Duke University has done much to foster Durham’s unique sense of place.  It is a global powerhouse not only for academics, research and development, innovation, sustainability and healthcare, but it is one of the few in this echelon to sustain success in college athletics as well, none more so than in basketball.

The university is also very careful to protect its architectural presence in the community.  While many other universities have and continue to succumb to the lure of shiny new look-alike arenas and stadiums, Duke is seeking instead to upgrade and adapt its historic facilities such as the 80-year old Wallace Wade Stadium and the 72-year-old Cameron Indoor Stadium.

Duke understands the value and character of sense of place in the university and to Durham at-large.  Another illustration serves warning to “be careful what you ask for.”

Durham officials are basking in the success of a new performing arts theater, one of a dozen here and one of well more than 300 nationwide now that host touring Broadway shows.  Even disregarding hyperbole the facility is an unqualified success across many metrics.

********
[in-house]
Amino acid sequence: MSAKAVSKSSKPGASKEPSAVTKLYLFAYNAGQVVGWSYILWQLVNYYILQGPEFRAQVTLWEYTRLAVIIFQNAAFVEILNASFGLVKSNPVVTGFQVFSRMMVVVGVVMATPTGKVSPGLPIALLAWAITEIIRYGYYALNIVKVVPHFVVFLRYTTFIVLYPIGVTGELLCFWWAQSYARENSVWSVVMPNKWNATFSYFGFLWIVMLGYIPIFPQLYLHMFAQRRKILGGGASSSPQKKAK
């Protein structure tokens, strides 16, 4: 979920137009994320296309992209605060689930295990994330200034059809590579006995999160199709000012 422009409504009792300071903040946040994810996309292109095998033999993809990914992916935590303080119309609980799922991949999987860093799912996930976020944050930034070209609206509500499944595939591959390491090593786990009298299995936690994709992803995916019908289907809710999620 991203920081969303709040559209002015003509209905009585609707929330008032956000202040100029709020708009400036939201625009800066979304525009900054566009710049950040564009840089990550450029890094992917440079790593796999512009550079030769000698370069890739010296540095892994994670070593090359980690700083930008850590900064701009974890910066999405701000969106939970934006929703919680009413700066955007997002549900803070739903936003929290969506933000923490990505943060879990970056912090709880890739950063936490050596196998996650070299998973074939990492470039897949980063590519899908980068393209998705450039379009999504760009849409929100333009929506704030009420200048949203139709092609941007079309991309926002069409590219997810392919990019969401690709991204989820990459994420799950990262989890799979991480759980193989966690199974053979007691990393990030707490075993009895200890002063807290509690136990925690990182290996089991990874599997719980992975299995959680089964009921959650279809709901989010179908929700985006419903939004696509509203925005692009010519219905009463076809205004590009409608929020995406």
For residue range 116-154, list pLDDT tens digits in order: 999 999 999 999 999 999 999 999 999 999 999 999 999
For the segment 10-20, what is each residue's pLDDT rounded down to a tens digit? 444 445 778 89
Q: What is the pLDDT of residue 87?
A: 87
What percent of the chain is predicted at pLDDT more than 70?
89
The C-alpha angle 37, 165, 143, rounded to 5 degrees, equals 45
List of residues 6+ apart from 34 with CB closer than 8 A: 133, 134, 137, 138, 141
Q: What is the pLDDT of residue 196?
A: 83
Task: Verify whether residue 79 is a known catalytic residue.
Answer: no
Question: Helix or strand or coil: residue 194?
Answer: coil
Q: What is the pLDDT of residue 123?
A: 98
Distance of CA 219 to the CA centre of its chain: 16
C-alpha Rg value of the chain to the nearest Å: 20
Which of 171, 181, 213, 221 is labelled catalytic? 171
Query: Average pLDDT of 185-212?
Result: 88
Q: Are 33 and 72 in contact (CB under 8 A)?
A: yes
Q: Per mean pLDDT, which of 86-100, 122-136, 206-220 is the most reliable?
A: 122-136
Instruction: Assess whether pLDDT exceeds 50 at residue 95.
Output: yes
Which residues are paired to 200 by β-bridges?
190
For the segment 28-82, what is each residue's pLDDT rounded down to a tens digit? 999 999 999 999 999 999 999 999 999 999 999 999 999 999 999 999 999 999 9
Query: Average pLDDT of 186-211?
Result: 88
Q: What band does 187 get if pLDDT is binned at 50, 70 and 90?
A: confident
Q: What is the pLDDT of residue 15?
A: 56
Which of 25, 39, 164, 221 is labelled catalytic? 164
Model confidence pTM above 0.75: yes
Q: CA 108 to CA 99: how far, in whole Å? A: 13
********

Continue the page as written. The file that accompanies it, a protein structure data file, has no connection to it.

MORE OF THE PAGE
The number of similar facilities nationwide has more than doubled since the mid-1990s even though overall attendance nationwide is flat.  This may be due to what economists call “access to opportunity,” a condition where it becomes more and more difficult to generate attendance for something as it becomes more and more readily accessible.

Nationwide, theaters such as this rely on visitors to supply more than 60% of attendance.  Overall Durham’s arts and leisure events and facilities rely on visitors for nearly 70% of attendance.